Last summer, I had the opportunity to reconnect with the Chairpersons of each of the three versions of the United States National Building Information Model Standard (NBIMS-US) version. Based on those discussion, my co-author (Deke Smith) and I complied a set of lessons learned in a paper presented at the 2016 CIBW078 Conference. It is our hope that this information may be helpful for those working to create innovations platforms four our industry.
To start, I think many readers will be surprised to find out that efforts to standardize building information exchange are not new. An entire previous generation of design and construction professionals worked on and retired from the problems many of use have also been working on for years. If we are honest with ourselves, those previous efforts, those hundreds of thousands of hours of committee work, seem to have had little practical impact on the day-to-day working of a design office or construction trailer. The problems recognized a US National Academy of Sciences panel in 1983 of "data loss during the life of a building" are as true then, as they are now.
That does beg the question as why anyone should pay attention to yet another set of standards. What was new about NBIMS-US?
To me the answer is in the fundamental question asked by each NBIMS-US versions and how the answer to that question has evolved. The important answer is, in fact a question...
Readers of the paper will discover, the fundamental question was and is, "What is a standard?" NBIMS-US has been to date an open-standard. Anyone at any skill level, background, and affiliation has been able to participate. Given that diversity, that there were many, many answers to this question. Differences of opinion about this question were the primary basis for conflict within NBIMS-US. More than once, conflicts surrounding the answer to this question almost caused the entire effort to collapse.
In the latest version, version 3, for technical specifications was well established. An "information exchange standard" is a "contractable," performance-based set of information, that solves a specific business problem, whose specification defines how that information can be objectively tested. If we require 3,000 PSI concrete, we can specify what it contains, how it is made, how it is tested, and how to put that requirement in contracts. NBIMS-US V3 technical standards provide just as concrete a requirement.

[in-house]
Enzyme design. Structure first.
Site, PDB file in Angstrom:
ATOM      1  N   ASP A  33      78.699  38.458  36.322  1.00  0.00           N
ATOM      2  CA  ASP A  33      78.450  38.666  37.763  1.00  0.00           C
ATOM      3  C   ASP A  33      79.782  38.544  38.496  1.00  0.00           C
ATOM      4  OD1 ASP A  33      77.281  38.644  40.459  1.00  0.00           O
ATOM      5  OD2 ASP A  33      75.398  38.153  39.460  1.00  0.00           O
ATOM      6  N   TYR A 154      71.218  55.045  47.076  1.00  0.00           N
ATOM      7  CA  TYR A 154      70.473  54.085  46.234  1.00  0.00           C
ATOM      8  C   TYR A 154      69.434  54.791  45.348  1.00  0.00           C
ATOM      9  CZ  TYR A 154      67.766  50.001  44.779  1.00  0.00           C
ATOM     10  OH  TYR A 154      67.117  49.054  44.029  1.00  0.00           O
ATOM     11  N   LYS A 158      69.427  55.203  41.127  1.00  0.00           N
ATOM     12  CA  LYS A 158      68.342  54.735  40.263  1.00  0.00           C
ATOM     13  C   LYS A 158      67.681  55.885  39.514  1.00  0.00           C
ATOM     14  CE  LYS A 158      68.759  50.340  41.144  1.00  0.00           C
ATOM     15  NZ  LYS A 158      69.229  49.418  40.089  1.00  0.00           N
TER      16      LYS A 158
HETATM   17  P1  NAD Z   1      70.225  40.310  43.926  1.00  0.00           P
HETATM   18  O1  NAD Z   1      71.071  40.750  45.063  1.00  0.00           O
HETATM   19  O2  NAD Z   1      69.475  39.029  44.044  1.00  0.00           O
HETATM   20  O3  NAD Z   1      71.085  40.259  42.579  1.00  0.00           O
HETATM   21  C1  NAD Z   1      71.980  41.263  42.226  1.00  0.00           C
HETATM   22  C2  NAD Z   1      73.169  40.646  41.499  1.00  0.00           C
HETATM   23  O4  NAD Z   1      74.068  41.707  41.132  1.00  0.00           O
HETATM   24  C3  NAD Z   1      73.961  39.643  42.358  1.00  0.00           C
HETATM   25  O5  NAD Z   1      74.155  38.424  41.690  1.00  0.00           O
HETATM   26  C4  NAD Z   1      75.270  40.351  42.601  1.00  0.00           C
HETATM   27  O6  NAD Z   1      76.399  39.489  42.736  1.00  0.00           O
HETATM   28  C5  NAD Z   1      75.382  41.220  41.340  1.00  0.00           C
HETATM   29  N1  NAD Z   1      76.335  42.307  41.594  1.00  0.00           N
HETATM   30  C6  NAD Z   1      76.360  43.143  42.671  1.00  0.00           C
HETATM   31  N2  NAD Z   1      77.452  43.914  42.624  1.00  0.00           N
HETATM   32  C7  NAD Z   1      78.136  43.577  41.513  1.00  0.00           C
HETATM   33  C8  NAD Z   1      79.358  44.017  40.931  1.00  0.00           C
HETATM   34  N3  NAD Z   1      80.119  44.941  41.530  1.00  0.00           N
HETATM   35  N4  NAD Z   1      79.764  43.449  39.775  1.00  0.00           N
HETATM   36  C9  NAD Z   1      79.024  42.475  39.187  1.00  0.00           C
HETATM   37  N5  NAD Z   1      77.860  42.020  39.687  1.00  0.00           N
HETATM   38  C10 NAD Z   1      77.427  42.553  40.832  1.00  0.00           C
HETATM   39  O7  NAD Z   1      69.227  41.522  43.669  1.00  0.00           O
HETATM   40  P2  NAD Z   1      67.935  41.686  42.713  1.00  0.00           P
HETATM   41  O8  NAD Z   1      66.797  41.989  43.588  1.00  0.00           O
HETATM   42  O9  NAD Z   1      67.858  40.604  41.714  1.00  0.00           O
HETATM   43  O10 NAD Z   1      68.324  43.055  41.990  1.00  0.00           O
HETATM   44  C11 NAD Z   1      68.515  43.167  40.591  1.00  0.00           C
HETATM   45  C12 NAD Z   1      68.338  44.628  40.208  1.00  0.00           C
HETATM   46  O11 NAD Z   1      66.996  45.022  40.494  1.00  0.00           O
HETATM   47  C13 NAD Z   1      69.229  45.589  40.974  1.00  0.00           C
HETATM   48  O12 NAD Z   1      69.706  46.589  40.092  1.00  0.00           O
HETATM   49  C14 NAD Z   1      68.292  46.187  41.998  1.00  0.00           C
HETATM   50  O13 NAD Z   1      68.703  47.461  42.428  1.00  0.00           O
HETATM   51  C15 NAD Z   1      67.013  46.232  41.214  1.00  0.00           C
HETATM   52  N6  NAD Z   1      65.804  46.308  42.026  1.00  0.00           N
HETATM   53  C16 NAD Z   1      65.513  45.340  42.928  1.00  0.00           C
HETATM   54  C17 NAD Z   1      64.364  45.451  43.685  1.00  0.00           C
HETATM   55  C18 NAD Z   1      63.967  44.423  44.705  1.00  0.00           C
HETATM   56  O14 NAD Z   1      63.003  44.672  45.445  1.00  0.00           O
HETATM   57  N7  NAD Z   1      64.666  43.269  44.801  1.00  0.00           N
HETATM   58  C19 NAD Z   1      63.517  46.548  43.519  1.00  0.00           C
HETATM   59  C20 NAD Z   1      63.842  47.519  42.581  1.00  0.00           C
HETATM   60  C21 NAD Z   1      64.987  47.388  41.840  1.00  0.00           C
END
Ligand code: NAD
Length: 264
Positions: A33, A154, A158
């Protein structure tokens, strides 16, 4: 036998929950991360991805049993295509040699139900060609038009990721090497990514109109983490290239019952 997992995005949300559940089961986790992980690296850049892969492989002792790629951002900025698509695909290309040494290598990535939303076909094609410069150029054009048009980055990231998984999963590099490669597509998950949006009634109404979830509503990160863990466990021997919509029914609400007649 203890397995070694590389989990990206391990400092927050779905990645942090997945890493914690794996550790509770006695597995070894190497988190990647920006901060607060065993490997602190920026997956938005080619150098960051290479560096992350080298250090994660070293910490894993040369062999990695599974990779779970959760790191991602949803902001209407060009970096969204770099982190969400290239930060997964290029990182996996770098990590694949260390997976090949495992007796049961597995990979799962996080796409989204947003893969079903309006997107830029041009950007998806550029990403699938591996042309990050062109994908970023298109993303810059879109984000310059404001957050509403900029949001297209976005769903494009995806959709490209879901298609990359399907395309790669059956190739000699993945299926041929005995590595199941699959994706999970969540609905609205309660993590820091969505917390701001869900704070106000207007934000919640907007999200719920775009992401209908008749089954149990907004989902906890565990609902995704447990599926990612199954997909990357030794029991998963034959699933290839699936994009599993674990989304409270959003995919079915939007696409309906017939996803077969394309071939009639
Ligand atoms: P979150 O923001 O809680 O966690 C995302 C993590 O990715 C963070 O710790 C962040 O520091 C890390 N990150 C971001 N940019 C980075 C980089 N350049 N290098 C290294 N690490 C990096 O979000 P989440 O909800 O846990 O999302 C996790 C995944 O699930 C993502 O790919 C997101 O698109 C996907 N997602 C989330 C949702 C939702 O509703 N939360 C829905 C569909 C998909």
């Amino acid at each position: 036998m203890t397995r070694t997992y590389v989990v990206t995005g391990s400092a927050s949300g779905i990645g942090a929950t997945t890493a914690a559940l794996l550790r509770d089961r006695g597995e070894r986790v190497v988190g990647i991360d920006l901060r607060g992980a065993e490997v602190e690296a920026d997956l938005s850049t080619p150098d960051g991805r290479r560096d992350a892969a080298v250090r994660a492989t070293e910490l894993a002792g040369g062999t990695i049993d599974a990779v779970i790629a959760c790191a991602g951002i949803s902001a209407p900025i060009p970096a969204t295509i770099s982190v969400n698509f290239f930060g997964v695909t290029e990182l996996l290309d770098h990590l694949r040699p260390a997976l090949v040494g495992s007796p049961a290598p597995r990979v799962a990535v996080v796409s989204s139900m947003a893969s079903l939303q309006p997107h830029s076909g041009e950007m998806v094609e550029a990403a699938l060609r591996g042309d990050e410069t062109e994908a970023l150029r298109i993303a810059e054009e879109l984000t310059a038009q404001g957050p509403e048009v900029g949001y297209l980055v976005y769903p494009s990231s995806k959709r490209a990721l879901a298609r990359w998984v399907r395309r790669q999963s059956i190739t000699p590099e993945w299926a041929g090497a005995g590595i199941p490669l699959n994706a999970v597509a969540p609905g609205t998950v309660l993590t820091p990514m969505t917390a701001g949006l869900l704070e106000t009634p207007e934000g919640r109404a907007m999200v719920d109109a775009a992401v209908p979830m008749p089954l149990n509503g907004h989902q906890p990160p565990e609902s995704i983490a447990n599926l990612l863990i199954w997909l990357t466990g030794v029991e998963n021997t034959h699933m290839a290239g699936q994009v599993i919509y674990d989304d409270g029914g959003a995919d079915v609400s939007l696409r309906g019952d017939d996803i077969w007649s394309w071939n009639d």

Beyond the standard engineering requirements analysis (called by the funny name "Information Delivery Manual") and the data model (called due to historical circumstances by the funny name "Model View Definition") technical standards that rising to the level of "National BIM Standard" must be developed in a context that support their success. Readers of the NBIMS-US V3 will see that the IDM/MVD comprises but one part of the overall documentation needed. National standards must not be developed by a small cabal in a dark room, so there is a need to describe who developed the standard. The implementation of national standards must be actually implemented and bench marked using commercial software. There must be training, examples, outreach, and a structure in place to update the standard over time.
The fact that NBIMS-U V3, Chapter 4.2 COBie is internationally recognized in only a decade, is proof-positive that the NBIMS-US technical standards process and requirements are beginning to meet industry needs.
Given the open-nature of the NBIMS-US process, not all parts of the document is as well defined as the technical standards. Given the pressure brought on NBIMS-US Chairs to keep membership high, almost anyone submitting a "best practices" had their ideas published. In a professional practice organization, such documents are published as reports or commentaries separate from the technical standards themselves. In addition, the process for sun setting obsolete specifications created a decade earlier, was never clarified.
As future NBIMS efforts evolve in the US and elsewhere, with a third generation of professionals and academics taking their turn to try to move the industry forward, the three former chairs of the NBIMS-US have offered their insights with the hope that you will be able to begin without having to recover the ground that is already paved.
Published October 2016